My father once called me a dilettante which my very old Webster’s dictionary defines as 1.a person who loves the fine arts or 2. a person who follows an art or science only for amusement and in a superficial way; dabbler ; trifler. I knew Daddy was thinking along the lines of that second definition although I never felt his judgment of me was quite so harsh.
I didn’t take the criticism seriously. Dilettante is, after all, such a pretty word. It comes to the English from the Latin (by way of Italian, the most beautiful language, I think) delectare, to charm, delight.
As an adolescent, first, and then as a young woman, I wanted to understand things. I indulged in dilettantism because of my insatiable curiousity; at 65, I find my curiosity is unabated. Indeed, it has become obsessive. But why?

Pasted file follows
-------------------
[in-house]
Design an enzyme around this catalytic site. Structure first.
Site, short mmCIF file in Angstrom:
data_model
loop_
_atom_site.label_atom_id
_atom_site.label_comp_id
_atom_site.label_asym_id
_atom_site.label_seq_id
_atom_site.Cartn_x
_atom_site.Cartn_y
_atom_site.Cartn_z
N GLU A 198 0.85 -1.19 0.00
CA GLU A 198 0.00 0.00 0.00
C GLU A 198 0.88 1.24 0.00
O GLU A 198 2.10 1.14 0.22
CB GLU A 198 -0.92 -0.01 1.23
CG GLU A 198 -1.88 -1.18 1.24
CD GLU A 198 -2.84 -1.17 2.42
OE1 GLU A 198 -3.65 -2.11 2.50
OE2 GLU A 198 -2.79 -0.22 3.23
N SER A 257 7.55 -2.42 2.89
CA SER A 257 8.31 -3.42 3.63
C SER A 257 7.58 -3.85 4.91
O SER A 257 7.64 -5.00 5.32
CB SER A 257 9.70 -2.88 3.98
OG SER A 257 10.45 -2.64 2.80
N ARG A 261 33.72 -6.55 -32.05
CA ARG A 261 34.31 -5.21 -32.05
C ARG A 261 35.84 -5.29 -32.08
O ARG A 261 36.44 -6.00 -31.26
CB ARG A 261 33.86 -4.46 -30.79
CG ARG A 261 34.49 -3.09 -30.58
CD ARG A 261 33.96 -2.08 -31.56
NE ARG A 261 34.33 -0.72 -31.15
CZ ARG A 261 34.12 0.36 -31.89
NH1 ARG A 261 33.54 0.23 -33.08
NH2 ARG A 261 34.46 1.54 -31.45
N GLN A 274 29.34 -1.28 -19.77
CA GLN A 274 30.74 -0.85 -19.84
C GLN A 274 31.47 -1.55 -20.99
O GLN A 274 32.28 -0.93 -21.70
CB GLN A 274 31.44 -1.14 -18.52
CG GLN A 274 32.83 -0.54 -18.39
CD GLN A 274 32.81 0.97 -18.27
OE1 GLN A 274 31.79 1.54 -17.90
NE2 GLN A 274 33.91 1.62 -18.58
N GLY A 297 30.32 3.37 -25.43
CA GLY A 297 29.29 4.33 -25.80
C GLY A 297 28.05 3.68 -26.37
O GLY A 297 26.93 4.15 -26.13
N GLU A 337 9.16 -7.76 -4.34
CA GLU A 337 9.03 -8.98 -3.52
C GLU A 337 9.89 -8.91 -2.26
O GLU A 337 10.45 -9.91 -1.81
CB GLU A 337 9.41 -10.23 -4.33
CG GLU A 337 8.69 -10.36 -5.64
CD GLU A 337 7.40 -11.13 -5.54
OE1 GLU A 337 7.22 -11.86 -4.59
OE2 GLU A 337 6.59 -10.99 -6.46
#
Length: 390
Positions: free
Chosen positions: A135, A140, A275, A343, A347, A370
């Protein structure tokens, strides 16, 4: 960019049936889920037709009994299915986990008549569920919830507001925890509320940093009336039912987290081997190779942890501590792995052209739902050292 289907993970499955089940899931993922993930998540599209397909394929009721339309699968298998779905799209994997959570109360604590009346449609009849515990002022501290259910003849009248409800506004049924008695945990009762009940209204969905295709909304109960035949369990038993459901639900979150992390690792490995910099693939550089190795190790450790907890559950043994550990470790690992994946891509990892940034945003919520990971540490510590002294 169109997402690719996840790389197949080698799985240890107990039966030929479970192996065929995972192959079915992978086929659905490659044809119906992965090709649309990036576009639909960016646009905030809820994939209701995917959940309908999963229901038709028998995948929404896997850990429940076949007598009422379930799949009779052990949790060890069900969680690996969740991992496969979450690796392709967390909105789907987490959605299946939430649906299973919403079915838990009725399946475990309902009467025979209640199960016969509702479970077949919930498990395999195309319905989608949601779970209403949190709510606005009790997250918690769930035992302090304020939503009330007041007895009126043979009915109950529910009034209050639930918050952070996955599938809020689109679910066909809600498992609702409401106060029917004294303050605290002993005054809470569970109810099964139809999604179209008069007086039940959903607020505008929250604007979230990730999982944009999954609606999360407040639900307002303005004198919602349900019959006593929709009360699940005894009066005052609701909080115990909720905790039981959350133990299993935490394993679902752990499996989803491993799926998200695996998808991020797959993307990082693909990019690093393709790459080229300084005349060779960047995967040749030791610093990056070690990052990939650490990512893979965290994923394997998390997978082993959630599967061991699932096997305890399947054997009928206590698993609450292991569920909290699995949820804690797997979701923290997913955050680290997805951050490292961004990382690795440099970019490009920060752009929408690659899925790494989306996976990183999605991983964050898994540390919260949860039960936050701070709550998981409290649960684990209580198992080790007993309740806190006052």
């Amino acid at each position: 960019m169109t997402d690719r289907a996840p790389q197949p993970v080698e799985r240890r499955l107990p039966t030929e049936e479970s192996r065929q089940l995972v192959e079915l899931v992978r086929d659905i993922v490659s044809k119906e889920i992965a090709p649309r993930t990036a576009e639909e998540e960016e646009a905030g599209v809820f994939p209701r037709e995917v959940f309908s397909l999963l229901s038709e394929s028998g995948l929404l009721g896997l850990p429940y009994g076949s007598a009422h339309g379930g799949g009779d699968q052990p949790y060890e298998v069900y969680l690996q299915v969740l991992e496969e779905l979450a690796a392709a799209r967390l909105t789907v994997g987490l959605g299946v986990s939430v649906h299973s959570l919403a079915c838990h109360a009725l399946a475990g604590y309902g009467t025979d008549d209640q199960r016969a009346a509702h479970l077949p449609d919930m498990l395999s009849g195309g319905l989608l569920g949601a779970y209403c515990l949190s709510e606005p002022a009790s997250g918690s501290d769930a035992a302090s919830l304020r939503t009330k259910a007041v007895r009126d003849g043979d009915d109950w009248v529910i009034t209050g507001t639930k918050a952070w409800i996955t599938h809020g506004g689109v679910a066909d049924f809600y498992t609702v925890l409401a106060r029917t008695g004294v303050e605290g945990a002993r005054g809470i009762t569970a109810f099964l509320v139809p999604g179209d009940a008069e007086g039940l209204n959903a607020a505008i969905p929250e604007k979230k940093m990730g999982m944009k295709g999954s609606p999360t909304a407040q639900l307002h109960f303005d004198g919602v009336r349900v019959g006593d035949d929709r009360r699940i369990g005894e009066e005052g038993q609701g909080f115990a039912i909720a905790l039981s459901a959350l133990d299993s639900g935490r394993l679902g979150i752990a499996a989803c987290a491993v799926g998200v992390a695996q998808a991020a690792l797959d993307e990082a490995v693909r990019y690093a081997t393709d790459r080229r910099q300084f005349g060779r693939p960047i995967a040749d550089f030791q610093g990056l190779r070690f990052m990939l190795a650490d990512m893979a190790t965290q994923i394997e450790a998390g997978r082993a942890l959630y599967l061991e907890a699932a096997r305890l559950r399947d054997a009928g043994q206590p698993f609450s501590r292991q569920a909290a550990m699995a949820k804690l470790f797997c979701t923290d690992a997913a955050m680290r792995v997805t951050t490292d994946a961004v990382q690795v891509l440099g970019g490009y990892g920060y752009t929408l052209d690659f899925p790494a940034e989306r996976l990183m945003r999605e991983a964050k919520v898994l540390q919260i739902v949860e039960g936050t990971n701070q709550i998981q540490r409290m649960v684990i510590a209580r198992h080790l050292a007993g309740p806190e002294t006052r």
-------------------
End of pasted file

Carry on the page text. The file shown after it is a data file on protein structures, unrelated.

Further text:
I have always been more observer than participant. At least, that's how it seems to me and it's not something I'm proud of or even happy about. Too much cognitive dissonance in general interrupted by moments of profound connection... With what?
And then the other things, the occasional recognition, for example, of another consciousness, another pilgrim in the way, an exemplar or a witness. Or the title of a book, or a stranger's face or the voice of a writer, the strength and certainty beneath the words, something about the sound, the quiet sound of the storyteller's voice.
Everything is so tentative and time is moving so fast...
Perhaps I am not a dilettante. At least not according to the dictionary cited above. A more recent edition even reverses the order of the two definitions giving more emphasis to superficiality than to love.
If I am a dilettante, it is only in the following sense: I have no expertise, no academic discipline, no mastery of craft or technique.
I am just a human being. I am a sojourner, a traveller through time; I want to know, I want to find, I want to see.
What is Real?